Standard solar cells heat up under sunlight, and the resulting increased temperature of the solar cell has adverse consequences on both its efficiency and its reliability. We introduce a general approach to radiatively lower the operating temperature of a solar cell through sky access, while maintaining its sunlight absorption. We present first an ideal scheme for the radiative cooling of solar cells. For an example case of a bare crystalline silicon solar cell, we show that the ideal scheme can passively lower the operating temperature by 18.3 K. We then show a microphotonic design based on realistic material properties, that approaches the performance of the ideal scheme. We also show that the radiative cooling effect is substantial, even in the presence of significant non-radiative heat change, and parasitic solar absorption in the cooling layer, provided that we design the cooling layer to be sufficiently thin.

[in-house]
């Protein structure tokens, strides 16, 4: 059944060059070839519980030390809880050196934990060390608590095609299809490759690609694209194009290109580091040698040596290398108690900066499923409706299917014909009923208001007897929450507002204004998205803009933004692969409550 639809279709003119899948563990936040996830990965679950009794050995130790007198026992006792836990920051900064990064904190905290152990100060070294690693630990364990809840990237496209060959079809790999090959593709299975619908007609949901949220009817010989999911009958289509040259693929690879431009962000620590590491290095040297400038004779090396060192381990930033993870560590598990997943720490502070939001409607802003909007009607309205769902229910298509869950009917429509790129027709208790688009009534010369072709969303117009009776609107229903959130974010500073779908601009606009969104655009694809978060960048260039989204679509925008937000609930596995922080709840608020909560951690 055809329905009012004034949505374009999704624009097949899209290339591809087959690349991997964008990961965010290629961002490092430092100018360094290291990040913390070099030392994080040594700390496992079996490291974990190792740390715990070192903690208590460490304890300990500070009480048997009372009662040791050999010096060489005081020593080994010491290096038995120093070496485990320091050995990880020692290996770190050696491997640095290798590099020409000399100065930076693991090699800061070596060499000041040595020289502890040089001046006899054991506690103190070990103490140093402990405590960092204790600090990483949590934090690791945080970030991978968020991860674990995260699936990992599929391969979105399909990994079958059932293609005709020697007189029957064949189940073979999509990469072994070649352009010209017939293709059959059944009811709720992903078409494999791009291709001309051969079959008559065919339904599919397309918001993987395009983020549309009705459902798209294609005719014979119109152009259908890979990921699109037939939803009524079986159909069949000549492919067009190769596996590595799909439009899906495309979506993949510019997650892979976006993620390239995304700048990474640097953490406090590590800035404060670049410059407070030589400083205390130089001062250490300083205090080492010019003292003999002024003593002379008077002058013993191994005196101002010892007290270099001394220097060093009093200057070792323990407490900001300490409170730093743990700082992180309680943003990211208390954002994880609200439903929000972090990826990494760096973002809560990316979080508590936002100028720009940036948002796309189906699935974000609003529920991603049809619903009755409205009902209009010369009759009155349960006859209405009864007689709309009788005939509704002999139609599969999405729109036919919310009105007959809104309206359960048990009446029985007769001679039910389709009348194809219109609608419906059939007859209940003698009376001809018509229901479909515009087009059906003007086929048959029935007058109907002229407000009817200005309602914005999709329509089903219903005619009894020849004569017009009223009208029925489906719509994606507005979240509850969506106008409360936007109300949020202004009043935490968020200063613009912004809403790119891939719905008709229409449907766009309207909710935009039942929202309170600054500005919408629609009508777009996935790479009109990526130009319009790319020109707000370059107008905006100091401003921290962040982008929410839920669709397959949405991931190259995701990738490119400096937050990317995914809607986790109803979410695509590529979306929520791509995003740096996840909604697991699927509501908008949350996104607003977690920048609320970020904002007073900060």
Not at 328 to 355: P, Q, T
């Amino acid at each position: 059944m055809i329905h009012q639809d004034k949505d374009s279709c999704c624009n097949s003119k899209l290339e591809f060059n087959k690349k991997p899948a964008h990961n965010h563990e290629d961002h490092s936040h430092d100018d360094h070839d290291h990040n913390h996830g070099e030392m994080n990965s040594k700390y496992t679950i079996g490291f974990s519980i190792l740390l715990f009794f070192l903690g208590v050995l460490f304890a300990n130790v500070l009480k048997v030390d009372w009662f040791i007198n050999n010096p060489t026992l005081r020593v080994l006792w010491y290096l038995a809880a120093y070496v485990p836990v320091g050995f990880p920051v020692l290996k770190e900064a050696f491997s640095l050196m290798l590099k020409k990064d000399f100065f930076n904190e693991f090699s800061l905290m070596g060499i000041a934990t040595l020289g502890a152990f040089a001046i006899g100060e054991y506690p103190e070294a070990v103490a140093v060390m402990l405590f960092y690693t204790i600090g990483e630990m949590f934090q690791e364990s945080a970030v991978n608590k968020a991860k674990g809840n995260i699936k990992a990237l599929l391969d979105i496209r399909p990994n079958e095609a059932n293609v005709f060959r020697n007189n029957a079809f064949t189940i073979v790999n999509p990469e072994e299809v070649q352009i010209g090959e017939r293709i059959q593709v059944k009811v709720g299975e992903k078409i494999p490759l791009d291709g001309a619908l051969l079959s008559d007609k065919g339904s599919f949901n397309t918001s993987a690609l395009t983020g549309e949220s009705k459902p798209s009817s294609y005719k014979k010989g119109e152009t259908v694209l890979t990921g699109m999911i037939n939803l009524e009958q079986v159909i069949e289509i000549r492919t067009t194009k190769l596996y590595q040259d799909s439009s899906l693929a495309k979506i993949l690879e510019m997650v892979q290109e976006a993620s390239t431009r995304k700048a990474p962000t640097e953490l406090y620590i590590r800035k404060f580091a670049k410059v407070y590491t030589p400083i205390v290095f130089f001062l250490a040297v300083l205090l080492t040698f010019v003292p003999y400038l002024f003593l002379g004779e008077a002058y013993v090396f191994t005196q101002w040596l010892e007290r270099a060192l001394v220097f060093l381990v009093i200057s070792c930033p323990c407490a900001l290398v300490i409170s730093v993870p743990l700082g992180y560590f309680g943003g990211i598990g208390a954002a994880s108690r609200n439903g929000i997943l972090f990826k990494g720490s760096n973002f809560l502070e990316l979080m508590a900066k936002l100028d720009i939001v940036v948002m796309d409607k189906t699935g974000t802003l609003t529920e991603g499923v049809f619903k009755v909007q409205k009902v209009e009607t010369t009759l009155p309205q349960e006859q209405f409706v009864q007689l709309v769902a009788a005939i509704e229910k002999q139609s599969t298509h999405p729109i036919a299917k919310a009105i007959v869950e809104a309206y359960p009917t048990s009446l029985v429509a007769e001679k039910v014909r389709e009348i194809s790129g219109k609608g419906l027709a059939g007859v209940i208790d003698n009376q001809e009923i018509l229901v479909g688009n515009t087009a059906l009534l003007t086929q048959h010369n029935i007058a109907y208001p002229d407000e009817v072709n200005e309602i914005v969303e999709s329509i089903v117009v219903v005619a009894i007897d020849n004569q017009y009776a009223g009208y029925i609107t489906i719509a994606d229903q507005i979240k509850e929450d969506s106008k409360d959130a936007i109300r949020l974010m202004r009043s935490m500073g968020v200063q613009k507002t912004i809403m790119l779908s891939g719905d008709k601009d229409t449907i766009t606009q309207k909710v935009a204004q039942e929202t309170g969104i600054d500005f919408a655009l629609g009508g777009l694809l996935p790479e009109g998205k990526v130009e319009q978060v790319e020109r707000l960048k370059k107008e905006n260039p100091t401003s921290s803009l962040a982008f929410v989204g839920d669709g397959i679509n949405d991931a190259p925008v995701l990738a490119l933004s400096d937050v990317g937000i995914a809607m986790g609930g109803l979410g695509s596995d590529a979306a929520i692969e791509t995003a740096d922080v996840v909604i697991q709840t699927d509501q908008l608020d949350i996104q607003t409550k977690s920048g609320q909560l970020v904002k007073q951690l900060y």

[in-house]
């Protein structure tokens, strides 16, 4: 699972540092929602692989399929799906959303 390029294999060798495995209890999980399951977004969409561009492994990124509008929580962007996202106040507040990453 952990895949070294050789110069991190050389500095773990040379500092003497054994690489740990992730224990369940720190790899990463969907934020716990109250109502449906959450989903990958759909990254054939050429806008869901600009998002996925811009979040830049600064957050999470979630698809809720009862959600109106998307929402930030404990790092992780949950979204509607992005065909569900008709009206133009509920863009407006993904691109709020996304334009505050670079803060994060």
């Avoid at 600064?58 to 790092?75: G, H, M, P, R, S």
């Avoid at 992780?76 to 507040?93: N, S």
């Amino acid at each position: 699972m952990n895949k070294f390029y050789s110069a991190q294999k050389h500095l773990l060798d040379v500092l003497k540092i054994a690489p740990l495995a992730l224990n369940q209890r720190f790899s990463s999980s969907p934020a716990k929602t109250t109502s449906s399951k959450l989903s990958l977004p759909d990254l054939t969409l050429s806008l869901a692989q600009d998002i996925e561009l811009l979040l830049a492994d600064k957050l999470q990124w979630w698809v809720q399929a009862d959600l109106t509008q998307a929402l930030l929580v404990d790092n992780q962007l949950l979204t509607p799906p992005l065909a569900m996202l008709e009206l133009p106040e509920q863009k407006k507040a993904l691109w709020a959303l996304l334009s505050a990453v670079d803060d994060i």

We exploit the unique properties of electromagnetic waves in nanophotonic structures to enhance the capabilities for active control of electromagnetic thermal transfer at nanoscale. We show that the near-field thermal transfer between two nanospheres can exhibit thermal rectification effect with very high contrast, and with large operating bandwidth. In this system, the scale invariance properties of the resonance modes result in a large difference in the coupling constants between relevant modes in the forward and reverse scenarios. Such a difference in coupling constants provides a new mechanism for thermal rectification.